LAWRENCE SUMMERS: I think the decision to support NAFTA was a crucial one because it was really a watershed as to whether America was going to stand for larger markets, was going to stand for forward defense of our interests by trying to have a more integrated global economy [in] which countries were growing. So [a] watershed in our relations with Mexico and establishing a real partnership with a country with whom we had a 2,000-mile border. I think it resulted in a profound change in the internal political dynamics in Mexico in favor of the progressive forces that believed in the market and friendship with the United States as opposed to the forces that believed more in socialism and opposition to the United States. And NAFTA didn't cost the United States a penny. It contributed to the strength of our economy both because of more exports and because imports helped to reduce inflation. It didn't cost the budget anything. It was a very worthwhile investment for our country.
INTERVIEWER: But was it difficult to sell NAFTA politically in certain parts in the Democratic Party and to the public in general?
LAWRENCE SUMMERS: It certainly was difficult to sell NAFTA because it's always difficult to sell open markets. There's a basic cost of open markets, [such as] somebody losing a job, [which is] particular or very obvious, [but] the benefits are much less clear. Who said on Christmas Day, "Gosh, thanks, without open markets I would have been only able to buy half as many toys for my kid"? Or whoever says, "You know, I'm not that great a worker, but they really had no choice to promote me given the surge in export demand"? On the other hand, every job loss that can be remotely connected to international trade, people do. So this problem of invisible beneficiaries and very visible losers is one that bedevils the political economy of trade.
INTERVIEWER: One of the more dramatic moments for an outsider was the pace of crisis and how you all dealt with that. When did you first become aware [of] what was going on, [and] what did you do?
LAWRENCE SUMMERS: It was an unfolding tragedy beginning in late December of 1994 but culminating in early January of 1995, when it appeared that without a substantial commitment from the United States, Mexico would go into default on all its debt, be forced to impose comprehensive exchange controls, and really shut down its economy. President Clinton made a very brave decision. He asked those of us who were advising him two questions. First, he said, is there a real risk that if we don't help, Mexico will have a economic collapse that will have global consequences? And we said yes. Second, he asked is there a chance that by providing substantial assistance we can prevent that crisis? We said yes again. He said, I don't care what the public opinion polls say. He knew that 80 percent opposed any kind of support for Mexico, but he decided it was very much in America's national interest. That was a controversial decision, but in the end American taxpayers made a $500 million profit. The forces of democracy and market-oriented reform are stronger in Mexico than they were six years ago. And the U.S.-Mexican relationship, because we were there at a moment when they needed it, was strengthened by the experience. So on issues directly affecting the American people, from jobs to drugs to immigration to the value of their savings, our investment in Mexico had a very high return for Americans, not to mention the profit the government actually turned on it.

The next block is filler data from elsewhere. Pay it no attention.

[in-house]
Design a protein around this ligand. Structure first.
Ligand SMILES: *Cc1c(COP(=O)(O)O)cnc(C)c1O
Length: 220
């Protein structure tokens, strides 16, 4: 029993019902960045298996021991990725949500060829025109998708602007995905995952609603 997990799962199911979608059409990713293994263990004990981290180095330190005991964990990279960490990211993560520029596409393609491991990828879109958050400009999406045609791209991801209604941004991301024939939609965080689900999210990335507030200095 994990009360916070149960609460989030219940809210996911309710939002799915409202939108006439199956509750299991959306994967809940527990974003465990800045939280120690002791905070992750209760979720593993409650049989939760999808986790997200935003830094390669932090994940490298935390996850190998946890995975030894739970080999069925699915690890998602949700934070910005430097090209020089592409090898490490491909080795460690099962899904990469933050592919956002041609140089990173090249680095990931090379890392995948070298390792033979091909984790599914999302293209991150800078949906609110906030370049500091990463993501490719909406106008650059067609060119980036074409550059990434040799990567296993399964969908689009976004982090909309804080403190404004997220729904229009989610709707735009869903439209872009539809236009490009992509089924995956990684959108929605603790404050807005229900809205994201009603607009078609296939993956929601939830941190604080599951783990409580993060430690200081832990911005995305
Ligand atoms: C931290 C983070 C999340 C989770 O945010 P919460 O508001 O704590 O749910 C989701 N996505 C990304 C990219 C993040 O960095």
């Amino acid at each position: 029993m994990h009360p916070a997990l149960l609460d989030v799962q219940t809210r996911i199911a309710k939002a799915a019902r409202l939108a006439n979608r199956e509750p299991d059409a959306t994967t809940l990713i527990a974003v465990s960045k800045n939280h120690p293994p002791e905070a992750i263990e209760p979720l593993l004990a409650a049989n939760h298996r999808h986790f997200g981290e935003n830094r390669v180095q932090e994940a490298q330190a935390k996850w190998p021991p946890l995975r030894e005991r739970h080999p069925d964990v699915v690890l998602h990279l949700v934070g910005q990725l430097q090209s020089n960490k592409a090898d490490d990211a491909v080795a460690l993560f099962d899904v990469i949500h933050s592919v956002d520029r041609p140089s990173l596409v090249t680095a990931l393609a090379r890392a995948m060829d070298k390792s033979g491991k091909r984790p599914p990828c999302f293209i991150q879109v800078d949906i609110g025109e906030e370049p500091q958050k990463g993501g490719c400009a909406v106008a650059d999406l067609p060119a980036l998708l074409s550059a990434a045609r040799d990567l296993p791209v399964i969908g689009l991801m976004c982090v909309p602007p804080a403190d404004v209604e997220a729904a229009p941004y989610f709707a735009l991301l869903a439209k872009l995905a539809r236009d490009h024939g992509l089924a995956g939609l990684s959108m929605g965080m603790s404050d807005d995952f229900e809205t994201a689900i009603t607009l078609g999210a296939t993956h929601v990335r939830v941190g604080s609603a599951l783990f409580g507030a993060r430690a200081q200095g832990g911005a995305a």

INTERVIEWER: As someone [who has] studied financial crisis, [what gave you the sense that a crisis in Mexico was imminent?]
LAWRENCE SUMMERS: There is a vision as to how financial crises should be managed which says that outsiders shouldn't take on any role. As Calvin Coolidge famously said, "They hired the money, didn't they?" That kind of thinking was tried in Europe and in the United States in the late 1920s in the early 1930s, most famously in the case of the bank failure at a major bank in Austria. I think that it would be a summary [of] the international experience to say that it was laissez faire thinking that made the Depression great.
INTERVIEWER: Was that knowledge of history in your mind at the time?
LAWRENCE SUMMERS: Absolutely. Ultimately sometimes you know it, sometimes you don't, but I think that it is examples and past practice that have an enormous influence on policy makers, just as I expect the response to the Mexican crisis and the successful response to the Korean crisis will be influential in the future.
INTERVIEWER: And when you were Deputy Secretary there, knowing that [Mexican] crisis happened, that you would face [another] one sometime from somewhere, you thought, "When it comes, this is what I might do"?